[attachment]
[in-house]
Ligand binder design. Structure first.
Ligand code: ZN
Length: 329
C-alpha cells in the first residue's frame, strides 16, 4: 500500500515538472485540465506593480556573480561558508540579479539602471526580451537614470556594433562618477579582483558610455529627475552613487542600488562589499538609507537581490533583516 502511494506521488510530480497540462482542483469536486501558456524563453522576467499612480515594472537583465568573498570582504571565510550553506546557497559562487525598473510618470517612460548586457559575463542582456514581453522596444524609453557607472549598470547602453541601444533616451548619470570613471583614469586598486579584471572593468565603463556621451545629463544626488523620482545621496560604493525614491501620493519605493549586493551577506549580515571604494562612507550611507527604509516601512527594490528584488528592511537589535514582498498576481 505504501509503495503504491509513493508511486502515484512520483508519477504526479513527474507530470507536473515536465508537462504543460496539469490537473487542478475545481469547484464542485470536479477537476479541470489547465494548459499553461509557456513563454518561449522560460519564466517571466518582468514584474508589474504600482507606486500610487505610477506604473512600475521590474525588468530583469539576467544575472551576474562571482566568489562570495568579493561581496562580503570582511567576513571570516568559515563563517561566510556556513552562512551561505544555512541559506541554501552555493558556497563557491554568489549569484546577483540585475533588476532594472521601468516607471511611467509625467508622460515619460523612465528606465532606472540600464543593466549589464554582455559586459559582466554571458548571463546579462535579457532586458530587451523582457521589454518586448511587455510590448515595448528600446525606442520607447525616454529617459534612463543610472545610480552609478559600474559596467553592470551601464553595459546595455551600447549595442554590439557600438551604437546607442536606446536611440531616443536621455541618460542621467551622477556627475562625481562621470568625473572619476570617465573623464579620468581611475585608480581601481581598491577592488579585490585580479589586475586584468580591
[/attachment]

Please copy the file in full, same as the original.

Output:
[in-house]
Ligand binder design. Structure first.
Ligand code: ZN
Length: 329
C-alpha cells in the first residue's frame, strides 16, 4: 500500500515538472485540465506593480556573480561558508540579479539602471526580451537614470556594433562618477579582483558610455529627475552613487542600488562589499538609507537581490533583516 502511494506521488510530480497540462482542483469536486501558456524563453522576467499612480515594472537583465568573498570582504571565510550553506546557497559562487525598473510618470517612460548586457559575463542582456514581453522596444524609453557607472549598470547602453541601444533616451548619470570613471583614469586598486579584471572593468565603463556621451545629463544626488523620482545621496560604493525614491501620493519605493549586493551577506549580515571604494562612507550611507527604509516601512527594490528584488528592511537589535514582498498576481 505504501509503495503504491509513493508511486502515484512520483508519477504526479513527474507530470507536473515536465508537462504543460496539469490537473487542478475545481469547484464542485470536479477537476479541470489547465494548459499553461509557456513563454518561449522560460519564466517571466518582468514584474508589474504600482507606486500610487505610477506604473512600475521590474525588468530583469539576467544575472551576474562571482566568489562570495568579493561581496562580503570582511567576513571570516568559515563563517561566510556556513552562512551561505544555512541559506541554501552555493558556497563557491554568489549569484546577483540585475533588476532594472521601468516607471511611467509625467508622460515619460523612465528606465532606472540600464543593466549589464554582455559586459559582466554571458548571463546579462535579457532586458530587451523582457521589454518586448511587455510590448515595448528600446525606442520607447525616454529617459534612463543610472545610480552609478559600474559596467553592470551601464553595459546595455551600447549595442554590439557600438551604437546607442536606446536611440531616443536621455541618460542621467551622477556627475562625481562621470568625473572619476570617465573623464579620468581611475585608480581601481581598491577592488579585490585580479589586475586584468580591